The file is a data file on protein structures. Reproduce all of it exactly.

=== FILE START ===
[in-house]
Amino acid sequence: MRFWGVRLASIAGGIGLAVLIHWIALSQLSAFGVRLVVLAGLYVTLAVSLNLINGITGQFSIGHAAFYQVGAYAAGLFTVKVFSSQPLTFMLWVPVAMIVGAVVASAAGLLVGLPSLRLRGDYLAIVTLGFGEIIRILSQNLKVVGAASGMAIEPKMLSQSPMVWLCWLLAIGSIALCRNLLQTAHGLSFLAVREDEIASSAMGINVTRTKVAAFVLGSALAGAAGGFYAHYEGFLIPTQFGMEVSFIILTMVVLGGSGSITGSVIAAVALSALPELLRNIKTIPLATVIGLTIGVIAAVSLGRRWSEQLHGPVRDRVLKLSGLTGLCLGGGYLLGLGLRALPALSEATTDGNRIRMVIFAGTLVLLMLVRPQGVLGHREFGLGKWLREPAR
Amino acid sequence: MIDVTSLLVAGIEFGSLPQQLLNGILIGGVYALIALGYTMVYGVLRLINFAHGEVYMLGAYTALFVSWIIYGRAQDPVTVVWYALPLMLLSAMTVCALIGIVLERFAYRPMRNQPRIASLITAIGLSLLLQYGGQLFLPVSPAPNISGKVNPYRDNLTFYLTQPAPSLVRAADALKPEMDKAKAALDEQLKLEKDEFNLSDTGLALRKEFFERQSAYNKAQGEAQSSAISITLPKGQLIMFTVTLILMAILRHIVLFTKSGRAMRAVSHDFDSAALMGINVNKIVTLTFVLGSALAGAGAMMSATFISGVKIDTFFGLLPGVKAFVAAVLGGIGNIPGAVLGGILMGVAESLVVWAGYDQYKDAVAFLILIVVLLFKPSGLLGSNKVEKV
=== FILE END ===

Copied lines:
[in-house]
Amino acid sequence: MRFWGVRLASIAGGIGLAVLIHWIALSQLSAFGVRLVVLAGLYVTLAVSLNLINGITGQFSIGHAAFYQVGAYAAGLFTVKVFSSQPLTFMLWVPVAMIVGAVVASAAGLLVGLPSLRLRGDYLAIVTLGFGEIIRILSQNLKVVGAASGMAIEPKMLSQSPMVWLCWLLAIGSIALCRNLLQTAHGLSFLAVREDEIASSAMGINVTRTKVAAFVLGSALAGAAGGFYAHYEGFLIPTQFGMEVSFIILTMVVLGGSGSITGSVIAAVALSALPELLRNIKTIPLATVIGLTIGVIAAVSLGRRWSEQLHGPVRDRVLKLSGLTGLCLGGGYLLGLGLRALPALSEATTDGNRIRMVIFAGTLVLLMLVRPQGVLGHREFGLGKWLREPAR
Amino acid sequence: MIDVTSLLVAGIEFGSLPQQLLNGILIGGVYALIALGYTMVYGVLRLINFAHGEVYMLGAYTALFVSWIIYGRAQDPVTVVWYALPLMLLSAMTVCALIGIVLERFAYRPMRNQPRIASLITAIGLSLLLQYGGQLFLPVSPAPNISGKVNPYRDNLTFYLTQPAPSLVRAADALKPEMDKAKAALDEQLKLEKDEFNLSDTGLALRKEFFERQSAYNKAQGEAQSSAISITLPKGQLIMFTVTLILMAILRHIVLFTKSGRAMRAVSHDFDSAALMGINVNKIVTLTFVLGSALAGAGAMMSATFISGVKIDTFFGLLPGVKAFVAAVLGGIGNIPGAVLGGILMGVAESLVVWAGYDQYKDAVAFLILIVVLLFKPSGLLGSNKVEKV